RHL School

Reading Comprehension
Volume 4, Number 6, October 12, 1998

Note: This week's Reference Skills issue, introduces vocabulary for this selection.

Funny Jokes, Part Three

Mr. El and Mr. Smitty decided that an appropriate response to Miss Joan’s “joke” would be to remove something she had put up on her classroom wall. As soon as they were sure that the coast was clear, they headed for their victim’s room.
“I must admit, this is a beautifully decorated room,” Mr. El remarked.
“Don’t you think it would be a shame to diminish that beauty?” Mr. Smitty asked, hoping that Mr. El would abandon his mission.
“You’re right, Mr. Smitty. Just taking things off the wall would be petty, beneath our professional dignity.” Mr. El’s eyes were drawn to the alphabet posters that were lined up above the front chalkboard. “We owe it to Miss Joan to be more creative,” he announced. “Look up there, over the front board. There’s a picture of an apple with the word printed neatly under it, a bee for b, a couch for c. This presents an opportunity!”
“Look,” Mr. Smitty said, “She has more letters on that table in the corner.”
Mr. El quickly positioned the table beneath the a poster. Mr. Smitty found some markers, scissors, tape, and construction paper. He placed them on the table.
“We’ll just make some subtle changes,” Mr. El said. It might take days for Miss Joan to realize that anything’s different. Then she’ll have to wonder how many people noticed and what they thought!”
“That’s cruel!” Mr. Smitty protested in mock horror.
Mr. El just grinned and climbed onto the table. “We won’t have to change them all, hmm, let’s see, a, b...” The c poster showed a boy and girl sitting on a couch, looking at each other. “I’ll just peel this second c off. Could you please hand me up a g?”
“Now that ‘couch’ is ‘cough’, what about the picture?” Mr. Smitty asked.
“Is there a green marker down there?” Mr. El took the marker that had been promptly held up, and drew lines coming from the boy’s mouth to the girl’s face. “There, that’s a cough,” he said proudly.
They continued studying the posters. “Check this out,” Mr. Smitty observed, “Miss Joan used her own face on the f is for ‘face’ poster.”
Mr. El jumped off the table, grabbed a red marker, and slid the table under the new target. In a moment, the pretty round face with the short brown hair had a new feature: a big red tongue sticking out.
The next to be modified was the l poster. “We’ll leave the word ‘lunchbox’ as is,” Mr. El said, “but I think we’ll alter the appearance of the lunchbox.” In a flash, he had fashioned a new picture from construction paper and taped it over the original drawing.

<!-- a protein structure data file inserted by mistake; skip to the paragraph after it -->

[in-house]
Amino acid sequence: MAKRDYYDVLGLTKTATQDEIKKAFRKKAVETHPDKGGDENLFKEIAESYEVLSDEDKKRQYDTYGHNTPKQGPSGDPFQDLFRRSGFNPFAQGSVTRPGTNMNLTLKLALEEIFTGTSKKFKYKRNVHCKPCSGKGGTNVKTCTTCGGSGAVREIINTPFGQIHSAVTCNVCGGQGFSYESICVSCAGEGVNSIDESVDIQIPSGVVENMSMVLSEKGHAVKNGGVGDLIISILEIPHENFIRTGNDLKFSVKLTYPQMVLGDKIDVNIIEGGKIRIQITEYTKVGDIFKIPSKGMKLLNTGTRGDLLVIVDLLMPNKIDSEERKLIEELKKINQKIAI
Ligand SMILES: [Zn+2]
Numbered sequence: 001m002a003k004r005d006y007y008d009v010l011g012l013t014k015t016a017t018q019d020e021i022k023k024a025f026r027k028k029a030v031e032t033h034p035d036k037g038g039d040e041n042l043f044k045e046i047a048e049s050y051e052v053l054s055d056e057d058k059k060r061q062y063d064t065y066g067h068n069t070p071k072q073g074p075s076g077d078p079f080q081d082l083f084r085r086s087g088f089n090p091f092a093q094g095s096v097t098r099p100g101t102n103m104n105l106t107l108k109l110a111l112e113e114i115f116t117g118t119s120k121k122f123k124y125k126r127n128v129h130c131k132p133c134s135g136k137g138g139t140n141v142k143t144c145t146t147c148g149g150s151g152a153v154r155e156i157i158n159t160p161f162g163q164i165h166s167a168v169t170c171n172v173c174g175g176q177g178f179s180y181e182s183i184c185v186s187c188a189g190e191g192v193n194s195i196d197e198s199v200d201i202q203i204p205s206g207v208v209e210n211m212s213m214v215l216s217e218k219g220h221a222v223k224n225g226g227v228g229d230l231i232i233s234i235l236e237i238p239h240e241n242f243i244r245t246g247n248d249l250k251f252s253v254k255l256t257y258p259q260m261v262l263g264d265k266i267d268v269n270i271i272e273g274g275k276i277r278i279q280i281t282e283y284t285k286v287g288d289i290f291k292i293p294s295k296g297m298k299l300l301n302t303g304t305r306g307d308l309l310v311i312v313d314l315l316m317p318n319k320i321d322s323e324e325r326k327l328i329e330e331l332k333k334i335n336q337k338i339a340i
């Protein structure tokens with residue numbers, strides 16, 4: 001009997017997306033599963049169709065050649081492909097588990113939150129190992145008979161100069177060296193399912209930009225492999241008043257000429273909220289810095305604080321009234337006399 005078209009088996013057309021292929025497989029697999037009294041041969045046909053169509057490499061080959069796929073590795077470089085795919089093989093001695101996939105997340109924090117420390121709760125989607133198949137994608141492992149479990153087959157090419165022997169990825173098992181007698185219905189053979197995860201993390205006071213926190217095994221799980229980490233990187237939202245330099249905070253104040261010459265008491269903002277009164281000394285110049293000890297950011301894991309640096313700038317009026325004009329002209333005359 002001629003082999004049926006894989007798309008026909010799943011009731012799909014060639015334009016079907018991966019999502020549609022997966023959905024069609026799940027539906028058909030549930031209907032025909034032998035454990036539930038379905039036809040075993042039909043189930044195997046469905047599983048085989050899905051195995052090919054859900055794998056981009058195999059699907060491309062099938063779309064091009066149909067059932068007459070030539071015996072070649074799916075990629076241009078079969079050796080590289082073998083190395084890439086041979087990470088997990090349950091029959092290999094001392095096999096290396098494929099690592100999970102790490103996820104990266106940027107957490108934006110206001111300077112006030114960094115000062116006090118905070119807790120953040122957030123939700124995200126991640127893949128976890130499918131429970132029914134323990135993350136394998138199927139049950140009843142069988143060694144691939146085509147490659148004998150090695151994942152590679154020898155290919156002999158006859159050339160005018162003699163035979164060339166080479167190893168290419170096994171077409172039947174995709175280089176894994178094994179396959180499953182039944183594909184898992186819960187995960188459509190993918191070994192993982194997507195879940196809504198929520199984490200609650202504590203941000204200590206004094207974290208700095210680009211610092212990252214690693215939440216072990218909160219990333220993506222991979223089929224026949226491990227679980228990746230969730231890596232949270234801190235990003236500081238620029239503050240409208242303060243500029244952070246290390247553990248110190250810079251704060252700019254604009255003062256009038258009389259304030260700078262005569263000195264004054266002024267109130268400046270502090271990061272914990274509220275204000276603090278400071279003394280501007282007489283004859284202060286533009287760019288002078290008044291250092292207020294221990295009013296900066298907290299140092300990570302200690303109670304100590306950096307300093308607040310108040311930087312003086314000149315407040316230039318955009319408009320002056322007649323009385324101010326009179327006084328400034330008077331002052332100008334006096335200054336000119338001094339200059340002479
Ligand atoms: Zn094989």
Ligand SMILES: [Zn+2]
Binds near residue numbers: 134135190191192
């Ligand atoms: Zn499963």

“That’s not a lunchbox, it’s a toilet!” Mr. Smitty exclaimed.
“Of course it’s a lunchbox,” Mr. El responded. “Just look at the letters, l-u-n-c-h-b-o-x, lunchbox!”
Suddenly, the m poster caught Mr. Smitty’s attention. “Isn’t that a photograph of Mr. Kay?” he asked.
“Isn’t that precious!” Mr. El scowled. “A picture of the principal over the word ‘man’.”
Before Mr. Smitty could blink, Mr. El was removing the a from the poster. “Hand me an o, k, e, and y, please.”
Mr. Smitty smiled. “Do you think Mr. Kay will like being labeled a monkey? I thought you --”
“Listen!” Mr. El interrupted. “I hear footsteps down the hall. And they sound like Miss Joan footsteps!”
Within seconds, the table and art materials were put away. As the two men strolled innocently down the hall, they met Miss Joan.
Miss Joan was in a very good mood. “Are you two staying for the kindergarten open house? It starts in just a little over an hour. We’re even having the cable TV company broadcast it live. Your friend, Miss Joan, is going to be a famous television star!”
Infamous is more like it,” Mr. Smitty groaned.
“I beg your pardon,” Miss Joan replied.
Mr. El and Mr. Smitty looked at each other as if to say, “Now what do we do?”

What do you think Mr. El and Mr. Smitty should do? What will they do?
It’s all up to you as you become the author and write the conclusion to this story.

Copyright 1998 RHL


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